How YouTube Changed The Essay | Evan Puschak | TEDxLafayetteCollege

Four Types of Essay


A narrative essay recounts a sequence of related events.  Narrative essays are usually autobiographical. Events are chosen because they suggest or illustrate some universal truth or insight about life. In other words, the author has discovered in his/her own experiences evidence for generalizations about themselves or society.


An argumentative essay strives to persuade readers. It usually deals with controversial ideas, creating arguments and gathering evidence to support a particular point of view. The author anticipates and answers opposing arguments in order to persuade the reader to adopt the author’s perspective.

In this video, the instructor gives an overview of the narrative and argumentative essays from the writer’s perspective. Looking at the essay from the author’s perspective can provide an interesting insight into reading an essay.


A descriptive essay depicts sensory observations in words. They evoke reader’s imagination and address complex issues by appealing to the senses instead of the intellect. While a narrative essay will certainly employ description, the primary difference between the two is that a descriptive essay focuses only on appealing to the senses, whereas a narrative essay uses description to tell a story.


An expository essay attempt to explain a topic, making it clear to readers. In an expository essay, the author organizes and provides information. Examples of this type of essay include the definition essay and the process analysis (how-to).

In this videos, the instructor gives an overview of the descriptive and expository essays from the writer’s perspective. Looking at the essay from the author’s perspective can provide an interesting insight into reading an essay.

Choosing a Topic & Reading the Essay: Steps 1 & 2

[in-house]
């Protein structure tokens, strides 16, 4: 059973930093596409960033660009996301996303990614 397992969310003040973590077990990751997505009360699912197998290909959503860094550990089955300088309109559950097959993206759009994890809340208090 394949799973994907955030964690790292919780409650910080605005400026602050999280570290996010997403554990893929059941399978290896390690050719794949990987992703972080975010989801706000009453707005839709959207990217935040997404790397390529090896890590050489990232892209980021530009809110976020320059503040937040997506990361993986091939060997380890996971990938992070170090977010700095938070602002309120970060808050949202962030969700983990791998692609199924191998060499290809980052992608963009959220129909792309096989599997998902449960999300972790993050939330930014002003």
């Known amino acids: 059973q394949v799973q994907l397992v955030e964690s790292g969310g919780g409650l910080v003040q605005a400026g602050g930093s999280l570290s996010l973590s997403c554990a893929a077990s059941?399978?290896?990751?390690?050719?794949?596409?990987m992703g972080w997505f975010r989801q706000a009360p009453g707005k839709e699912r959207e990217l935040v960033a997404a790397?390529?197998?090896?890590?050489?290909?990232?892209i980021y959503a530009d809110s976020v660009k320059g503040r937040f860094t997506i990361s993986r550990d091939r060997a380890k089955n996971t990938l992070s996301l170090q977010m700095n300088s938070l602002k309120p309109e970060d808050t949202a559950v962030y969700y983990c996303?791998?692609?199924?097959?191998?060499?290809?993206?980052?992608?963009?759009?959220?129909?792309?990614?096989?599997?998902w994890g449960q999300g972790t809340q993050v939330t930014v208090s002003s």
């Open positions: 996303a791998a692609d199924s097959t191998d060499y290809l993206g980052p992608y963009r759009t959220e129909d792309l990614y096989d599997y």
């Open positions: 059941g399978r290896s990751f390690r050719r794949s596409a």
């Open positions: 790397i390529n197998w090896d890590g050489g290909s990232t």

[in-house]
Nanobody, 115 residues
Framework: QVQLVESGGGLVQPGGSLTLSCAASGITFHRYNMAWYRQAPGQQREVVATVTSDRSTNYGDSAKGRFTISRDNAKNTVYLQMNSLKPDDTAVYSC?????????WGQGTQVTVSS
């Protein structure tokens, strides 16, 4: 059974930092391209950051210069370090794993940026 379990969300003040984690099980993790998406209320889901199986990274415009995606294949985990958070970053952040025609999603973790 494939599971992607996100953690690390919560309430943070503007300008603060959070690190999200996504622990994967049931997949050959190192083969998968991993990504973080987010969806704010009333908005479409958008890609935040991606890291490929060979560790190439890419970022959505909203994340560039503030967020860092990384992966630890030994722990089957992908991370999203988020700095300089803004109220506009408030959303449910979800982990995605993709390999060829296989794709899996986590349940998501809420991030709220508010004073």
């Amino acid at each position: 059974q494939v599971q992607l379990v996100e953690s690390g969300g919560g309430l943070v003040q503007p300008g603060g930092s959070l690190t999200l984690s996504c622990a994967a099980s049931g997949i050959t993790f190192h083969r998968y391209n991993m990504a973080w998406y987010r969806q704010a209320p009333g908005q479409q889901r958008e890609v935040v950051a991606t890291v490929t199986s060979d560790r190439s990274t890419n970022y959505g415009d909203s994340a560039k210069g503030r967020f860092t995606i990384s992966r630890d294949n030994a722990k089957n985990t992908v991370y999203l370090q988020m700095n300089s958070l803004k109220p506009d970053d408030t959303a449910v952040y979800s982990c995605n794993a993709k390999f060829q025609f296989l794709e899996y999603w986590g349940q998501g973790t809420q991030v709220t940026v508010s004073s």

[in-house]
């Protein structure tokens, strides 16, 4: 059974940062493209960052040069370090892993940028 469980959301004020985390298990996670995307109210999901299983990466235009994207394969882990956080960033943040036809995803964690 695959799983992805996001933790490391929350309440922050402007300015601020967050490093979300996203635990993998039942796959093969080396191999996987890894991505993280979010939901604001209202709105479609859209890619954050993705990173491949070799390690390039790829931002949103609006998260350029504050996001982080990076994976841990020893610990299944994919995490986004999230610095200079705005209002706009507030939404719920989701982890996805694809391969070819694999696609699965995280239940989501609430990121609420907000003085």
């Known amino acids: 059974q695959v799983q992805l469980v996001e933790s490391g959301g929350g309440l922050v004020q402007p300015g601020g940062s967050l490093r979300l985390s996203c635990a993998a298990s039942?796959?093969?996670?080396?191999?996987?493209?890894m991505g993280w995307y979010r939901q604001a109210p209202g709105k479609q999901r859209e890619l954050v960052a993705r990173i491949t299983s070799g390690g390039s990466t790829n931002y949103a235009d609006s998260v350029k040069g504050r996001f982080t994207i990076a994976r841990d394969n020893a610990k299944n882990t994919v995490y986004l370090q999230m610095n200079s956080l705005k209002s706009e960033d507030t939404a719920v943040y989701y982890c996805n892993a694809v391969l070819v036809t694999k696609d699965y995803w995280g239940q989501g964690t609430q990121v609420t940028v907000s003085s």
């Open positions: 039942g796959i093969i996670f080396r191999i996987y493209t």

Your first step in writing a paper about an essay is to choose an essay and read it carefully. Essays confront readers directly with an idea, a problem, an illuminating experience, an important definition, or some flaw/virtue in the social system. Usually short, an essay embodies the writer’s personal viewpoint and speaks with the voice of a real person about the real word. Essays might also explore & clarify ideas by arguing for or against a position.

When reading an essay, ask yourself, “what is the central argument or idea?” Does the essay attack or justify something, or remind readers of something about their inner lives?

In this video, I do a close reading of the essay “The Grapes of Mrs. Wrath .” As in any type of literature, you want to read first for enjoyment and understanding. Then, go back and do a close reading with a pen in hand, jotting down notes and looking for the ways in which the author gets his/her point across to the reader.

Virginia Woolf’s 1942 “The Death of the Moth” is an illuminating example of an argumentative essay. While the essay does not present a stated argument and proceed to offer evidence in the same way conventional academic argument would, it does strive to persuade. Consider this piece carefully and see if you can detect the theme that Woolf is developing.

Here are some important items to consider when reading an essay.

1. The Thesis:

What is the point of the piece of writing? This should be your central concern. Once you know what the author’s main idea is, you can look at what techniques the author uses to get that point across successfully.

The title of Woolf’s essay, “The Death of the Moth,” offers us, from the start, the knowledge of the work’s theme of death. What impression does the essay, as a whole, convey? The writer acknowledges that watching even such a small creature as the moth struggle against death, she sympathizes with the moth and not with the “power of such magnitude” that carries on outside the window—that of time and inevitable change, for this power is ultimately her own “enemy” as well. In her last line, “O yes, he seemed to say, death is stronger than I am,” what lesson has she internalized regarding herself, a human being who at first observed the autumn day with no immediate sense of her own mortality?